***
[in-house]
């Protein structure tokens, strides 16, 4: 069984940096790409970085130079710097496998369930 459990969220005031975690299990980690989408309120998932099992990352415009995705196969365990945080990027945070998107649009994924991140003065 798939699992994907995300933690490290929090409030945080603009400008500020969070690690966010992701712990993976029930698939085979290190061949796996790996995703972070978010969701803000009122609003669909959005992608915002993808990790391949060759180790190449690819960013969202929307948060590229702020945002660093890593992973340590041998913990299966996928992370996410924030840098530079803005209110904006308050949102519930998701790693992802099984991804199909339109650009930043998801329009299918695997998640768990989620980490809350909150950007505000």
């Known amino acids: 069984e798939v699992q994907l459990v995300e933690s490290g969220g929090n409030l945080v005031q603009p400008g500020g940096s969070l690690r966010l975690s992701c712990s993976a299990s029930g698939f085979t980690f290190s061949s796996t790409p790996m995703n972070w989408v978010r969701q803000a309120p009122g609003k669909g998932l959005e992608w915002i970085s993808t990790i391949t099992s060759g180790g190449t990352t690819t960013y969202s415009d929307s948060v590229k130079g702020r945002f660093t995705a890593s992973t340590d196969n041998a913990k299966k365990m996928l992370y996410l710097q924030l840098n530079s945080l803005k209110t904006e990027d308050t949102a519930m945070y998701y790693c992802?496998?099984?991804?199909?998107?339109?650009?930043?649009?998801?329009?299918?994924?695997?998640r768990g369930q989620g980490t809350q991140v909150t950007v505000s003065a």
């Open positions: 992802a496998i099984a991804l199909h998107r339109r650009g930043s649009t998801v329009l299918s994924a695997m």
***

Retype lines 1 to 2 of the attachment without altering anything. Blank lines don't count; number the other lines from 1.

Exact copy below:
[in-house]
């Protein structure tokens, strides 16, 4: 069984940096790409970085130079710097496998369930 459990969220005031975690299990980690989408309120998932099992990352415009995705196969365990945080990027945070998107649009994924991140003065 798939699992994907995300933690490290929090409030945080603009400008500020969070690690966010992701712990993976029930698939085979290190061949796996790996995703972070978010969701803000009122609003669909959005992608915002993808990790391949060759180790190449690819960013969202929307948060590229702020945002660093890593992973340590041998913990299966996928992370996410924030840098530079803005209110904006308050949102519930998701790693992802099984991804199909339109650009930043998801329009299918695997998640768990989620980490809350909150950007505000």